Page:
Findings, analysis and discussion Your results should be presented as clearly as possible so that they are easily understood and accessible to the reader. Conclusions and recommendations This section draws together the main issues identified in the report and should refer back to the aims and objectives — has the report achieved what it set out to do? References At the end of your report you should list of all the publications and other material that you have quoted or made reference to in the report.
Reflective statement This is required for the CIPD Advanced qualification rather than for business reports generally, and provides the opportunity to apply crucial reflective skills to your own performance. The statement should outline: Appendices These should include additional material that is related to the study but not essential to read.
Presenting the report The standard of presentation needs to be professional if it is to persuade key decision-makers to accept the recommendations. Use wide margins and clear line spacing. Clearly number all pages.
Ensure headings are clear and follow a logical structure. Paragraphs should be short and concise. Keep language simple and avoid unnecessary jargon. Your report should focus on the current advertising budget and how you might effectively use a larger budget. Consider the knowledge or familiarity the audience already has with the intended topic.
Also, think about how the audience will use the information in the report. For instance, say you want to implement a job-share program for your division. Consider how much they likely know about job-share programs already. The answer will set the tone for the report. If your company has never considered a job-share program, then the report will be both informational and strategic. If the company has considered a job-share program, then the report will be less informational and more persuasive.
Identify what you need to learn. The hardest part of writing a business report isn't in the writing. This involves a variety of skills, including data collection and market analysis. What do you — and, in the end, management — need to know to make an informed decision about the topic? Collect the appropriate data for your report. It is important that your data is well-researched; otherwise, you risk losing credibility. Data gathering itself is going to depend on the type of report that you write.
Ensure that the data parameters you choose are concise and relevant to the point of the report. Data may come internally, which means you'll be able to collect it quite quickly. Sales figures, for example, should be available from the sales department with a phone call, meaning you can receive your data and plug it into your report quickly. External data may also be available internally. If a department already performs customer analysis data collection, borrow that department's.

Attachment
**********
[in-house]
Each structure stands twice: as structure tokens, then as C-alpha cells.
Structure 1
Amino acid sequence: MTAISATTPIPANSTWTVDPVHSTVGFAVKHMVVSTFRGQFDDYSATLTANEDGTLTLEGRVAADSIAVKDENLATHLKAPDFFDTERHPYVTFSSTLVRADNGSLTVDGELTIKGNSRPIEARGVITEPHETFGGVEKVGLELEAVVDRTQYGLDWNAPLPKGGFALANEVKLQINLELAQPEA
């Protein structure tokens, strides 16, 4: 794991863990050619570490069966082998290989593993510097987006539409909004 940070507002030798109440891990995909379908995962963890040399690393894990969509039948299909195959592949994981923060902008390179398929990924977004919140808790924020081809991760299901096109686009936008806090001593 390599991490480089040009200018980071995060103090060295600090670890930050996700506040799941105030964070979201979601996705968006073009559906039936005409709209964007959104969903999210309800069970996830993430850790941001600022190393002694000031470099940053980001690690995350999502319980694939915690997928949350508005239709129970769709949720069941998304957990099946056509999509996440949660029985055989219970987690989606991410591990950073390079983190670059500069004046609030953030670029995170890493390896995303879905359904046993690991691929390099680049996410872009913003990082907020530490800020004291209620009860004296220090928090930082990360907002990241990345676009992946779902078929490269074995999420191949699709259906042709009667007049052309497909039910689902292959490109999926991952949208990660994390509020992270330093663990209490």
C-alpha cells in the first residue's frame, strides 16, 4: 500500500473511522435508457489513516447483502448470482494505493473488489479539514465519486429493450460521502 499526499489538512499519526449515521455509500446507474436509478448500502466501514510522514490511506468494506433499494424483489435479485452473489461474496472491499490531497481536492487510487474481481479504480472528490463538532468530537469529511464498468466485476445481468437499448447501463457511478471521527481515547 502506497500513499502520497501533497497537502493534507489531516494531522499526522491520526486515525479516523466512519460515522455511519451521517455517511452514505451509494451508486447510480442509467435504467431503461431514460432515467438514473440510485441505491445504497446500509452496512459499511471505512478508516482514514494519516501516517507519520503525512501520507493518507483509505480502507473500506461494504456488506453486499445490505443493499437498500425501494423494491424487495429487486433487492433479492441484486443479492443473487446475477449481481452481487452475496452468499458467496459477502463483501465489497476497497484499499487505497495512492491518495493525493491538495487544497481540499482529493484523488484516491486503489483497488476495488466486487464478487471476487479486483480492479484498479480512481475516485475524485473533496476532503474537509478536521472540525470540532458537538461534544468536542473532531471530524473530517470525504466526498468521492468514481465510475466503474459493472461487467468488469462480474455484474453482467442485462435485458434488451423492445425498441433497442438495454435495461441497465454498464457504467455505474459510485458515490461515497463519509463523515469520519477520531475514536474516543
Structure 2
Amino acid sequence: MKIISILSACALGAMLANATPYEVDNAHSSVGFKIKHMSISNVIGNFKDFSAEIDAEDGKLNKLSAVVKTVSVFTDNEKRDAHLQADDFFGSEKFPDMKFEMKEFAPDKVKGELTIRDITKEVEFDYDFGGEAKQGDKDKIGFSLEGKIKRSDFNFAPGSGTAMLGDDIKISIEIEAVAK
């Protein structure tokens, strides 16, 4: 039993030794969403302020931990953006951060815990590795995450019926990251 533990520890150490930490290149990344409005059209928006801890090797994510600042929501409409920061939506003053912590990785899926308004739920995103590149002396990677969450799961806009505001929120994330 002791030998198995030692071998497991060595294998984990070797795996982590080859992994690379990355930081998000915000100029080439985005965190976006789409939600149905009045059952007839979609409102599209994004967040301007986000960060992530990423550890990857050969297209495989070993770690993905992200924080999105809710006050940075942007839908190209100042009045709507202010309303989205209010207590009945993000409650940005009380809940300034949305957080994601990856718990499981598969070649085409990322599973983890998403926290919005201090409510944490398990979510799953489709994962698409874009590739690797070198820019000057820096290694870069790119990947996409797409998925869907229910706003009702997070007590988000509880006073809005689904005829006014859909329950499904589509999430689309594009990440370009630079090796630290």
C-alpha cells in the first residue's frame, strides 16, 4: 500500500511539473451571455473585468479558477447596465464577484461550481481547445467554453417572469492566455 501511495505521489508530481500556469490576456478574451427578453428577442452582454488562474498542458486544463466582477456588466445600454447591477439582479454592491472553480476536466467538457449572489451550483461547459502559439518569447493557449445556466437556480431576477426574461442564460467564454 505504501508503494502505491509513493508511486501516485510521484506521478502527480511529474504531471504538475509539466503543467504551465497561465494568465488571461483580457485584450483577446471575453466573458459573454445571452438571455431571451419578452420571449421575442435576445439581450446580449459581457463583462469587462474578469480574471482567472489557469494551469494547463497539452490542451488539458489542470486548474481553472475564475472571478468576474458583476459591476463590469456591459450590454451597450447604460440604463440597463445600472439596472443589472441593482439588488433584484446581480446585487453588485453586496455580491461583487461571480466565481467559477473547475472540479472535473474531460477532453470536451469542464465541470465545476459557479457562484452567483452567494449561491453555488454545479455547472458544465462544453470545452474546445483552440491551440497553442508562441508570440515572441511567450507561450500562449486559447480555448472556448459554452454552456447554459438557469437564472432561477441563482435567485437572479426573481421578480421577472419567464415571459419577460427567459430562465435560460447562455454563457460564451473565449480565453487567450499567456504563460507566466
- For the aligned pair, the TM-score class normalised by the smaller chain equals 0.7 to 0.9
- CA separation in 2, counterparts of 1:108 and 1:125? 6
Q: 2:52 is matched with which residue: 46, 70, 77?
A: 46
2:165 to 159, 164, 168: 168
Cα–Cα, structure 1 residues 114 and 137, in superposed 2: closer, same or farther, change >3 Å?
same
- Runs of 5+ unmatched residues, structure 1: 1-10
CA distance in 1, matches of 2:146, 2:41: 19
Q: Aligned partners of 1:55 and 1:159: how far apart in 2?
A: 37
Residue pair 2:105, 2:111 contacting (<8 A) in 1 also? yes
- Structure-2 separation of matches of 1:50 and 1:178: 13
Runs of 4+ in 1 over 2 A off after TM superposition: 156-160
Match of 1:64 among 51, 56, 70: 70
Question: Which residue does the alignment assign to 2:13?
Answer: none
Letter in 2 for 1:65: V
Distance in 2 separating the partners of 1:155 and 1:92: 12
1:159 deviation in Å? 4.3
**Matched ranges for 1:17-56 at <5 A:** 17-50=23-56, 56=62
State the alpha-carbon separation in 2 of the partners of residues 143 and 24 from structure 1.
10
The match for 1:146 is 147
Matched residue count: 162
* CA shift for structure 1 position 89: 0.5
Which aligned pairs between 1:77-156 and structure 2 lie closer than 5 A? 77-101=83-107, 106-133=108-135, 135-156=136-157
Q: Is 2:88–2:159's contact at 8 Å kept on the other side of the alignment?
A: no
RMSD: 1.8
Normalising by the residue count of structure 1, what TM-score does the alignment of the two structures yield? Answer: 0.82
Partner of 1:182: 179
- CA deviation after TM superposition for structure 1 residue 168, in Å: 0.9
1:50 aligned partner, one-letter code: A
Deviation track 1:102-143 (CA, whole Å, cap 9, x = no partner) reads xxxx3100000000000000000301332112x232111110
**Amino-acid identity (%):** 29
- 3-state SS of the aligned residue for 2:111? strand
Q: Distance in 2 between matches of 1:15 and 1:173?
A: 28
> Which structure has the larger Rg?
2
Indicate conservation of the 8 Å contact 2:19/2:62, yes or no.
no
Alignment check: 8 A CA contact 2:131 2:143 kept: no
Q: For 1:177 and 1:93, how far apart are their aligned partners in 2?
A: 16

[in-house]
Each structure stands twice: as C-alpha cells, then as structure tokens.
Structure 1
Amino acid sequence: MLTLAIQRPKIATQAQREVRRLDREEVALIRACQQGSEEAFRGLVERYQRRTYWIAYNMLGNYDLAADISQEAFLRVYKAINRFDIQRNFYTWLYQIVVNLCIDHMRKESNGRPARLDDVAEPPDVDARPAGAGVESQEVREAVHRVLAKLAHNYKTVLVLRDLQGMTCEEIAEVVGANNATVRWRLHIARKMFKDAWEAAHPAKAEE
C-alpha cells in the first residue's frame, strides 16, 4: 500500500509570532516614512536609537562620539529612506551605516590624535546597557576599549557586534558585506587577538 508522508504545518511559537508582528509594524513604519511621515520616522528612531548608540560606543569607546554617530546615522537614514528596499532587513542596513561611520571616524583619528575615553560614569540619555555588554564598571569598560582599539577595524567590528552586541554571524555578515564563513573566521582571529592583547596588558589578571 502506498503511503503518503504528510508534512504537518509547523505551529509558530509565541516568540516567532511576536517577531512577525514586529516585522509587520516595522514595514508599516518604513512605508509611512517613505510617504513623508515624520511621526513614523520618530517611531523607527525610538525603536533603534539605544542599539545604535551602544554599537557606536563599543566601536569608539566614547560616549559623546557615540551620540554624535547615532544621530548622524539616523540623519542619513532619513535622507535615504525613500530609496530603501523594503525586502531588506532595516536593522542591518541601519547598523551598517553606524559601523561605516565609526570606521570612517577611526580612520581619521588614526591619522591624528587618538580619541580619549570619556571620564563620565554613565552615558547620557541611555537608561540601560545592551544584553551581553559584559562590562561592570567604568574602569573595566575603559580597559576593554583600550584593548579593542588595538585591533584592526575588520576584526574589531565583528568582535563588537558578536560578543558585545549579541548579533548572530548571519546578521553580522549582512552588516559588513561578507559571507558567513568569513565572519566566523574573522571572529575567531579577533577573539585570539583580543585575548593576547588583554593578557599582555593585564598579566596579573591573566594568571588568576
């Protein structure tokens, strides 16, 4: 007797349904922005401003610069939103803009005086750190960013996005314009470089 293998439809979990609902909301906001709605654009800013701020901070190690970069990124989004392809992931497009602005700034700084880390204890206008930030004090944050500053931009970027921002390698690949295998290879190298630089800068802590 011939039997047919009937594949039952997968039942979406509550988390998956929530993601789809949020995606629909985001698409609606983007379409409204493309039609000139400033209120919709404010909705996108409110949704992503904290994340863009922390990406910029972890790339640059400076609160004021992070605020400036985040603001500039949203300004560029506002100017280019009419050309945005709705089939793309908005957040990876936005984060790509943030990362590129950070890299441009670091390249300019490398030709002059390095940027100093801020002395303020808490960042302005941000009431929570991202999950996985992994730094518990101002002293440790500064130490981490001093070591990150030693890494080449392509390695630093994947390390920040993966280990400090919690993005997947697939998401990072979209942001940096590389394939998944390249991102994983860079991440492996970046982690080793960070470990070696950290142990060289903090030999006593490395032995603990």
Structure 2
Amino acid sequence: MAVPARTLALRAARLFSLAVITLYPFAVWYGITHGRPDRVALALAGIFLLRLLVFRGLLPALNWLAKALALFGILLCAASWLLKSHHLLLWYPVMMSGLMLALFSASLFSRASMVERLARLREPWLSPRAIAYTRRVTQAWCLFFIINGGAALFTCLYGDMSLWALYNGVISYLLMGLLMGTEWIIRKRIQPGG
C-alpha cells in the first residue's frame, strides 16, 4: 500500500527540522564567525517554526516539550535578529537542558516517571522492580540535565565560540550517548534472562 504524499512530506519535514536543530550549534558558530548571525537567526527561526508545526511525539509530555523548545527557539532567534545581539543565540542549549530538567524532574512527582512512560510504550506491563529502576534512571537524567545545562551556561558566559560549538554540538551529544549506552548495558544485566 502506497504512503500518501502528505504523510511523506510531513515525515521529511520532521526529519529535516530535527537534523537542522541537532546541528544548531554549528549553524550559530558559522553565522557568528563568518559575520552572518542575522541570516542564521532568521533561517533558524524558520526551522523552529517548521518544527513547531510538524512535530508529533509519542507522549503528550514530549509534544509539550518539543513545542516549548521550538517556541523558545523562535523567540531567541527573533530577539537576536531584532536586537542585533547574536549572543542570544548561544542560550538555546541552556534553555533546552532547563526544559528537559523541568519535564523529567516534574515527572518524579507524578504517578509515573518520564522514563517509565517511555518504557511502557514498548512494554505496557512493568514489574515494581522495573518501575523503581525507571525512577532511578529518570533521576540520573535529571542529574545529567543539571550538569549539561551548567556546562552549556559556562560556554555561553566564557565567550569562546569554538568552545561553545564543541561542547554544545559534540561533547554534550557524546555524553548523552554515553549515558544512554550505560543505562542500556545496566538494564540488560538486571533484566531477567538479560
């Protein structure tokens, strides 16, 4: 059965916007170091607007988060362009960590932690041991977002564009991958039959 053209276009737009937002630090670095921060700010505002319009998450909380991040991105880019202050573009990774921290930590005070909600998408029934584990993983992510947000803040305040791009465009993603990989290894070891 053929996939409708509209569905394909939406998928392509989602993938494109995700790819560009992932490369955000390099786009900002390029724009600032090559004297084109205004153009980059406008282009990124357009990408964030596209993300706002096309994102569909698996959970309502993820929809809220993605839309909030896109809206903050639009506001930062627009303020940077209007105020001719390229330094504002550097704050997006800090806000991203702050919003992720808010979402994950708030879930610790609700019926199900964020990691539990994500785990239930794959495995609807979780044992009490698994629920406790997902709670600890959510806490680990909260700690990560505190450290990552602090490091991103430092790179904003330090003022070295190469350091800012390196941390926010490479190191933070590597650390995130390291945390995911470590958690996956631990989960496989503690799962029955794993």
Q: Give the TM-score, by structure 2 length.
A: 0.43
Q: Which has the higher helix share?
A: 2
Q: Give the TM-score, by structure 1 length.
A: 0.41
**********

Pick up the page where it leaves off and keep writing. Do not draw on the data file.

You don't need to conduct the research on your own. This will be different for every type of business, but the writer of a business report often doesn't need to conduct firsthand research. Organize and write the report. How you organize your report depends on your objective. For instance, you would organize a compliance report differently than a feasibility report. Once you have an idea of how you want to organize your report, you can write your content.
Break up relevant data into separate sections. A business report can't be a big flood of figures and information. Organizing the data into separate sections is key to the success of a well-written business report. For example, keep sales data separate from customer analysis data, each with its own header. Organize the report into appropriate section headers, which may be read through quickly as standalone research, but also supporting the basic objective of the report together.
Since some of the sections may depend upon analysis or input from others, you can often work on sections separately while waiting for the analysis to be completed. Draw conclusions with specific recommendations. Draw clear conclusions that follow logically from the data examined in the report. Clearly recommend the best course of action based on those conclusion, if appropriate. Write out any changes in job descriptions, schedules or expenses necessary to implement the new plan.
Write the executive summary. The executive summary should be the very first page of the report, but it should be the last thing that you write. The executive summary should present your findings and conclusions and give a very brief overview of what someone would read, should they choose to continue reading the entire report. It's like a trailer for a movie, or an abstract in an academic paper. The executive summary gets its name because it's likely the only thing a busy executive would read.